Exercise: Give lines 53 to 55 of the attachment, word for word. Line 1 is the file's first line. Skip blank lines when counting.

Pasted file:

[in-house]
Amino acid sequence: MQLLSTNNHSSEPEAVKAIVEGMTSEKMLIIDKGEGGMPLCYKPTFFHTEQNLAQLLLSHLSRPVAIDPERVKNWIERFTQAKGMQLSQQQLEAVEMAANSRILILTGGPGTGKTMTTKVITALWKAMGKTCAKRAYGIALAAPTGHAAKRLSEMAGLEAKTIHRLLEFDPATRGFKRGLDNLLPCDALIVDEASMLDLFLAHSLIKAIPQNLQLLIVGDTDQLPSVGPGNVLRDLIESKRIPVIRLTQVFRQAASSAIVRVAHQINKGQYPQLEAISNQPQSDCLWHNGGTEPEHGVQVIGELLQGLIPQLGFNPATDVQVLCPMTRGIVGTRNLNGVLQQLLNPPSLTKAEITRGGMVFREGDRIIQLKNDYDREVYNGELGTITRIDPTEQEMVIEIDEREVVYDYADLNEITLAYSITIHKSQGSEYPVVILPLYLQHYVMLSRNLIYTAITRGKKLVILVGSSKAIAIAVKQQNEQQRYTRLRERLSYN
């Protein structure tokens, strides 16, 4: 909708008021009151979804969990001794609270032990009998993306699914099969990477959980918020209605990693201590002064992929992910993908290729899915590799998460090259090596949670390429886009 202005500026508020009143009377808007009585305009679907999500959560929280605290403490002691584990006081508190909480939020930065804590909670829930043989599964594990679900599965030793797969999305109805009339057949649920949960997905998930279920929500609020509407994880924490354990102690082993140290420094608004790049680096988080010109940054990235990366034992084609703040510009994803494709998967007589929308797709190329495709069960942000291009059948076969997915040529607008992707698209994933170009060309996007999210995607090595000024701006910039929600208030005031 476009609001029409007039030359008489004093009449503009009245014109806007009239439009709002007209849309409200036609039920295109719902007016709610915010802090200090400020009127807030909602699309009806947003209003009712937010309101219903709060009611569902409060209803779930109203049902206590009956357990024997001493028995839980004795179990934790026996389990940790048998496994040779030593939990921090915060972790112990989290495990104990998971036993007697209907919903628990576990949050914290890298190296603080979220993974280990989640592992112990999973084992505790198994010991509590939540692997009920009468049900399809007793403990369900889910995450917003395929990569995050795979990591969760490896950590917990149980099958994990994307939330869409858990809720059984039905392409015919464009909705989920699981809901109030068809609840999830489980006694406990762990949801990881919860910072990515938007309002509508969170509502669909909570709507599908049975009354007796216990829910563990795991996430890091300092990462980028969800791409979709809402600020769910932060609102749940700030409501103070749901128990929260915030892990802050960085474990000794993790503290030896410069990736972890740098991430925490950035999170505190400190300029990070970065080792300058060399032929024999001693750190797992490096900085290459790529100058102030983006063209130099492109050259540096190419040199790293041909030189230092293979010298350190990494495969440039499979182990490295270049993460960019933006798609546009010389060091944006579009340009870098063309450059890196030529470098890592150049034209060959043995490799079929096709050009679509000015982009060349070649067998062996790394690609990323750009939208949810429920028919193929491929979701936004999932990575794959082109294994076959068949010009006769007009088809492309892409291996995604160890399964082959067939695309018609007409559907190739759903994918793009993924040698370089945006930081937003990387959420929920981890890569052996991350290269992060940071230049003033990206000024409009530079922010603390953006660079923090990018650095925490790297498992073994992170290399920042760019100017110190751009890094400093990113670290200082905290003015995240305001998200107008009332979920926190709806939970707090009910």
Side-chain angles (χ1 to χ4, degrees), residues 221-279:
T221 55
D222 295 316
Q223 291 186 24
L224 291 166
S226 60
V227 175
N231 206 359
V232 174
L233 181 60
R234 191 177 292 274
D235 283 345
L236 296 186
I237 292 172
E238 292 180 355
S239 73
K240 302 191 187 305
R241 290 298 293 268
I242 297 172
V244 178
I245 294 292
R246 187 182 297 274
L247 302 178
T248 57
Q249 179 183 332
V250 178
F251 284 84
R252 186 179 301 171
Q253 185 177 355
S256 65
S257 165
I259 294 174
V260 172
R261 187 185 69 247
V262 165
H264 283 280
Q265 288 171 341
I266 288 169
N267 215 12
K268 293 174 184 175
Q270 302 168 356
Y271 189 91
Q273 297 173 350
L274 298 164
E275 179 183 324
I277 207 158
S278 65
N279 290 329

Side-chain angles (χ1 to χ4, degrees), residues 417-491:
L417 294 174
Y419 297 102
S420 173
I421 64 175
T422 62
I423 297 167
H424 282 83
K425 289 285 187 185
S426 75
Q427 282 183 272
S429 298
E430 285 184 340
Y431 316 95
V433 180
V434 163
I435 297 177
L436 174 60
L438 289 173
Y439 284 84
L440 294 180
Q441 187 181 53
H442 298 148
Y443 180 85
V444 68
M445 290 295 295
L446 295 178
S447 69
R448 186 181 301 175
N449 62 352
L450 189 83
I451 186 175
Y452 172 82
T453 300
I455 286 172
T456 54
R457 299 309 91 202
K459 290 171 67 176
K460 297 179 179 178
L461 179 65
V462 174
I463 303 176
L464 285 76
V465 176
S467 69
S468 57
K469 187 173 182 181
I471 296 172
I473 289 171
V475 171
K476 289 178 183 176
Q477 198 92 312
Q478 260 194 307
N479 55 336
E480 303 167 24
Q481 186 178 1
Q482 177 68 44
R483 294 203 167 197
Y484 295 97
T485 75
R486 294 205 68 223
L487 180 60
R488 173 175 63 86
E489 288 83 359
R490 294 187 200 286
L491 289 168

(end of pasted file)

L417 294 174
Y419 297 102
S420 173